Senators introduce bill to respond to Khashoggi killing

Senators introduce bill to respond to Khashoggi killing

A bipartisan group of six senators introduced a bill Thursday aimed at forcing “meaningful accountability” for the killing of dissident Saudi journalist Jamal Khashoggi.

The bill is also seeks to push the parties in Yemen’s civil war toward a peace process and address the humanitarian crisis there. U.S. support for the Saudi Arabia-led coalition in Yemen has come under fire as lawmakers search for a response to the Khashoggi crisis.

“While the Trump administration’s announcement today of sanctions on 17 Saudi individuals is a welcome step, it is far from sufficient,” Senate Foreign Relations Committee ranking member Sen. Bob MenendezRobert (Bob) MenendezTrump encounters GOP resistance to investigating Hunter Biden Fairness, tradition, and the Constitution demand the 'whistleblower' step forward Isolationism creeps back over America, as the president looks out for himself MORE (D-N.J.) said in a statement. “There must be a transparent, credible investigation into Khashoggi’s murder and with this bill Congress is demonstrating its commitment to accountability and human rights. “

Menendez introduced the bill with Sens. Todd YoungTodd Christopher YoungOvernight Defense: Protests at Trump's NYC Veterans Day speech | House Dems release Pentagon official's deposition transcript | Lawmakers ask Trump to rescind Erdogan invite Former AG Sessions enters Alabama Senate race Sessions expected to announce plans to run for Senate MORE (R-Ind.), Jack ReedJohn (Jack) Francis ReedIt's time for Congress to establish a national mental health crisis number America's avengers deserve an advocate Democrats unifying against Joe Kennedy Senate bid MORE (D-R.I.), Lindsey GrahamLindsey Olin GrahamLindsey Graham basks in the impeachment spotlight Trump circuit court nominee in jeopardy amid GOP opposition The Hill's Morning Report - Impeachment drama will dominate this week MORE (R-S.C.), Jeanne ShaheenCynthia (Jeanne) Jeanne ShaheenOn The Money: US paid record .1B in tariffs in September | Dems ramp up oversight of 'opportunity zones' | Judge hints at letting House lawsuit over Trump tax returns proceed Overnight Energy: EPA watchdog slams agency chief after deputy fails to cooperate in probe | Justices wrestle with reach of Clean Water Act | Bipartisan Senate climate caucus grows Overnight Defense: Trump, Erdogan confirm White House meeting | Public impeachment hearings set for next week | Top defense appropriator retiring MORE (D-N.H.) and Susan CollinsSusan Margaret CollinsThis week: House kicks off public phase of impeachment inquiry Senate panel clears controversial Trump court pick Republicans warn election results are 'wake-up call' for Trump MORE (R-Maine).

Earlier Thursday, the Trump administration announced sanctions against 17 Saudis over their alleged role in Khashoggi’s death. It came hours after the Saudis announced the indictment of 11 people, with five facing the death penalty.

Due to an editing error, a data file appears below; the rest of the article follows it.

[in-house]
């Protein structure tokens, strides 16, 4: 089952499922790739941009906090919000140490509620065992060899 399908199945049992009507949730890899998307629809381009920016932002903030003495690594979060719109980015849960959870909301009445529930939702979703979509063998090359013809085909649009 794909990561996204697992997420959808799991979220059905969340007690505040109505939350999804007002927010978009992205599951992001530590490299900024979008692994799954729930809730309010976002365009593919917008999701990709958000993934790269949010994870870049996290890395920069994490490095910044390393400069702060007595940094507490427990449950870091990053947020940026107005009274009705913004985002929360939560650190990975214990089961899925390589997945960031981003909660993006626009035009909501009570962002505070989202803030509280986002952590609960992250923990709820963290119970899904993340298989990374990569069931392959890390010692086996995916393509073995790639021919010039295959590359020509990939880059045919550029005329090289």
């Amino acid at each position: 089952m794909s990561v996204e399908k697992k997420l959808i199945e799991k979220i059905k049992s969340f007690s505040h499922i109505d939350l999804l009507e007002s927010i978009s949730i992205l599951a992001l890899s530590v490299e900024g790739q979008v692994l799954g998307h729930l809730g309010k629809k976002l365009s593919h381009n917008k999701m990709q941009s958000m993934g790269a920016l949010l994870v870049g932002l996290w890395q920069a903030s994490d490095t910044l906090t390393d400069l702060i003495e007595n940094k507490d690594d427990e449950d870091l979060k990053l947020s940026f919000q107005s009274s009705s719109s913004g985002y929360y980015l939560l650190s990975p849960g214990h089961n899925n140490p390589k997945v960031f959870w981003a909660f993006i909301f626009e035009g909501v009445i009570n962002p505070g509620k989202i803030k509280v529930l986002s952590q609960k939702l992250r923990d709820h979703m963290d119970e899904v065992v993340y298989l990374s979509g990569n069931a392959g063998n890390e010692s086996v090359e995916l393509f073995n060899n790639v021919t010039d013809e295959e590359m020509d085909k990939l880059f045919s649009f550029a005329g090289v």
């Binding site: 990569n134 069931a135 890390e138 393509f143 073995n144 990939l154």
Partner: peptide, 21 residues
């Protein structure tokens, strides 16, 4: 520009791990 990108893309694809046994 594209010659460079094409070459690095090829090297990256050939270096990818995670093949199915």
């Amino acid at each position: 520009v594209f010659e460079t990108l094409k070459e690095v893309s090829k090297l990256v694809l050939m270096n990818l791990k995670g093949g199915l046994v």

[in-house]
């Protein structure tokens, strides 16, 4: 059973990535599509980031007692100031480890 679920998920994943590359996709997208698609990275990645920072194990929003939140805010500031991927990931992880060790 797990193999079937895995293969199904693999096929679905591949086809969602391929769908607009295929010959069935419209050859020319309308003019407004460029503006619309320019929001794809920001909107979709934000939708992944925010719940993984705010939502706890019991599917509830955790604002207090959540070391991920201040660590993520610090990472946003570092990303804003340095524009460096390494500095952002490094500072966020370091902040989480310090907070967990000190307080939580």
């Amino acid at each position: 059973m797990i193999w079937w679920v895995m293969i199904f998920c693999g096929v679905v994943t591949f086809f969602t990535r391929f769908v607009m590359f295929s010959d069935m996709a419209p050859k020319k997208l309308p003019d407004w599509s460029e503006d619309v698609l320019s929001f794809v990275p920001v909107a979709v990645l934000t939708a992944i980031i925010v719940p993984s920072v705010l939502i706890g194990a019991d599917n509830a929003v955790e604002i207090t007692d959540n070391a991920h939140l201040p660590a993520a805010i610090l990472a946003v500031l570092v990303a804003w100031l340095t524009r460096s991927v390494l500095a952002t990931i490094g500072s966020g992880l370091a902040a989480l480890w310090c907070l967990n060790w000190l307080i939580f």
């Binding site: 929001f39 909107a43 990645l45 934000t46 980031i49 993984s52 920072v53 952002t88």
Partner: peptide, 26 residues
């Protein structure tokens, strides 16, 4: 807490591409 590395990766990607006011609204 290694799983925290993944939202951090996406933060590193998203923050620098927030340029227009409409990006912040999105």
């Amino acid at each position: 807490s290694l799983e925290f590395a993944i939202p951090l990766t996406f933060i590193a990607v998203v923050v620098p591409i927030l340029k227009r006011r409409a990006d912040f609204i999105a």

The Trump administration’s announcement represented its most sweeping response yet to the killing, which happened Oct. 2 when Khashoggi went to the Saudi consulate in Istanbul.

Turkish officials have said Khashoggi was strangled almost immediately after he entered the consulate and that his body was then dismembered and disposed of. Turkey called the Saudi announcement Thursday “unsatisfactory.”

In the United States, lawmakers called the Trump administration’s sanctions welcome, but said more needed to be done. The harshest criticisms accused the Trump administration of accepting the Saudi version of events and giving a pass to Saudi Crown Prince Mohammed bin Salman, who many are skeptical did not order the killing.

The bill introduced Thursday would require sanctions within 30 days on anyone involved in Khashoggi’s death, including “any official of the government of Saudi Arabia or member of the royal family” determined to be involved.

It would also require a report within 30 days on the kingdom’s human rights record.

“Our bill sends an important signal, and when combined with the efforts announced by the Treasury Department, goes a long way to address despicable behavior on several fronts,” Graham said in a statement.

To help address the Yemen crisis, the bill would suspend weapons sales to Saudi Arabia and prohibit the U.S. military from refueling Saudi coalition aircraft.

The administration announced last week that aerial refueling was ending.

“The administration’s recent decision to suspend U.S. aerial refueling for the Saudi Coalition absent an actual strategy for ending this conflict is empty action,” Menendez said in his statement. “That is why this bill makes clear that Congress demands an immediate cessation of hostilities, urgently calls on all parties to prioritize protection of Yemeni civilians and makes certain that only a political settlement will end this war.”

The bill would also impose sanctions both on those blocking humanitarian access in Yemen and those supporting the Houthi rebels there.

And it would require the administration regularly brief Congress on the U.S. strategy to end the war, as well as give Congress a report on the causes and consequences of civilian harm in the war.

“This legislation provides the Trump administration leverage it should use to push all parties in Yemen to engage in good faith and urgent negotiations to end the civil war and address the world’s worst humanitarian crisis,” Young said in a statement. “Our national security interests and our humanitarian principles demand nothing less.”